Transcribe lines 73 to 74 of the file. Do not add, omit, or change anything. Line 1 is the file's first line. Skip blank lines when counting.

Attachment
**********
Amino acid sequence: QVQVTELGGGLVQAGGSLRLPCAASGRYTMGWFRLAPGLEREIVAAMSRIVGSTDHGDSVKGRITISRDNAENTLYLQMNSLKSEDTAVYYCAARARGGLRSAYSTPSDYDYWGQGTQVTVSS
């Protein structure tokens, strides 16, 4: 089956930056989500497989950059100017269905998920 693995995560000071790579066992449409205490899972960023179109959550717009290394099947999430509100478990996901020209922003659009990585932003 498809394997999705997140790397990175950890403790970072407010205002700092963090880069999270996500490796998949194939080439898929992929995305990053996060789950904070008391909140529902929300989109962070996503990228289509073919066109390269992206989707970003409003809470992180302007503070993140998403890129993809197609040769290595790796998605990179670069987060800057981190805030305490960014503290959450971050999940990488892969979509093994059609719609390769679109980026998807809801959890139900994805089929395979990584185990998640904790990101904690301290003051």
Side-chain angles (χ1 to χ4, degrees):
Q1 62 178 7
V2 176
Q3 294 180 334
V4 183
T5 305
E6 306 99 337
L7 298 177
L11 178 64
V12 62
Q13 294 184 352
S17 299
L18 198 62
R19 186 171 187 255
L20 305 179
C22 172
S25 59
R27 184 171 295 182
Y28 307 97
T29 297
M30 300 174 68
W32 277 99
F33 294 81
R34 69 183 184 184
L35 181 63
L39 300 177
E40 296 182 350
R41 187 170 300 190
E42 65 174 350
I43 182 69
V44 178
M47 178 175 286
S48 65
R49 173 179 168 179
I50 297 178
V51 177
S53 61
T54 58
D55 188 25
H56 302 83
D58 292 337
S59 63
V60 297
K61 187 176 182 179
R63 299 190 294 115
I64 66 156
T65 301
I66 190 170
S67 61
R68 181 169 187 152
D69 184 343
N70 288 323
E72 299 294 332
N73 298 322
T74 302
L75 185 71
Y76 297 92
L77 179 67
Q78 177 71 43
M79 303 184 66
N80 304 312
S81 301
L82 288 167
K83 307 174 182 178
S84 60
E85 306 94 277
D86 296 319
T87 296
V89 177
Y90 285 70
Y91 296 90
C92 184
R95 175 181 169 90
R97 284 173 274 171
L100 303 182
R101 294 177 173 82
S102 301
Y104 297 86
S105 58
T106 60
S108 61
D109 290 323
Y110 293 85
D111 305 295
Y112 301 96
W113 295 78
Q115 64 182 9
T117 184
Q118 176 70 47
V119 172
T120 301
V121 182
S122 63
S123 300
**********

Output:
Y91 296 90
C92 184